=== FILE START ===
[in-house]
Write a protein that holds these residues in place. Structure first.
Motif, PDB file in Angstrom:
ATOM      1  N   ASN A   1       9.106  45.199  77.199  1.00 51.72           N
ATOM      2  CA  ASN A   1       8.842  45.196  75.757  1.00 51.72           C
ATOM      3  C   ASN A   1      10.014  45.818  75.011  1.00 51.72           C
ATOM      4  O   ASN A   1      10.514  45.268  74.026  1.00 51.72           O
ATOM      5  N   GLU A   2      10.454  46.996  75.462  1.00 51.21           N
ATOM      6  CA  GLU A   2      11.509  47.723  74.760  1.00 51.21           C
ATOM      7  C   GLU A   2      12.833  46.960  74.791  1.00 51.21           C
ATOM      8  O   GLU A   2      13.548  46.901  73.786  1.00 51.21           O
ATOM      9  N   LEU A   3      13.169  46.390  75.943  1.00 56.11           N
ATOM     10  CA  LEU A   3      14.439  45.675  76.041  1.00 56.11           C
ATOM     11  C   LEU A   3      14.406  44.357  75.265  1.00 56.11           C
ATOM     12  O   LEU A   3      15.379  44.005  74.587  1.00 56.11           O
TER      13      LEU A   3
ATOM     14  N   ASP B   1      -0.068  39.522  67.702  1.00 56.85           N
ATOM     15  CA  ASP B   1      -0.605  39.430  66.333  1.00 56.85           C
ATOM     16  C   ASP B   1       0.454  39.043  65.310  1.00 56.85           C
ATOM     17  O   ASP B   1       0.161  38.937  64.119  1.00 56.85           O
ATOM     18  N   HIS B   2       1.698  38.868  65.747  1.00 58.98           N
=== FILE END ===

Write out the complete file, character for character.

[in-house]
Write a protein that holds these residues in place. Structure first.
Motif, PDB file in Angstrom:
ATOM      1  N   ASN A   1       9.106  45.199  77.199  1.00 51.72           N
ATOM      2  CA  ASN A   1       8.842  45.196  75.757  1.00 51.72           C
ATOM      3  C   ASN A   1      10.014  45.818  75.011  1.00 51.72           C
ATOM      4  O   ASN A   1      10.514  45.268  74.026  1.00 51.72           O
ATOM      5  N   GLU A   2      10.454  46.996  75.462  1.00 51.21           N
ATOM      6  CA  GLU A   2      11.509  47.723  74.760  1.00 51.21           C
ATOM      7  C   GLU A   2      12.833  46.960  74.791  1.00 51.21           C
ATOM      8  O   GLU A   2      13.548  46.901  73.786  1.00 51.21           O
ATOM      9  N   LEU A   3      13.169  46.390  75.943  1.00 56.11           N
ATOM     10  CA  LEU A   3      14.439  45.675  76.041  1.00 56.11           C
ATOM     11  C   LEU A   3      14.406  44.357  75.265  1.00 56.11           C
ATOM     12  O   LEU A   3      15.379  44.005  74.587  1.00 56.11           O
TER      13      LEU A   3
ATOM     14  N   ASP B   1      -0.068  39.522  67.702  1.00 56.85           N
ATOM     15  CA  ASP B   1      -0.605  39.430  66.333  1.00 56.85           C
ATOM     16  C   ASP B   1       0.454  39.043  65.310  1.00 56.85           C
ATOM     17  O   ASP B   1       0.161  38.937  64.119  1.00 56.85           O
ATOM     18  N   HIS B   2       1.698  38.868  65.747  1.00 58.98           N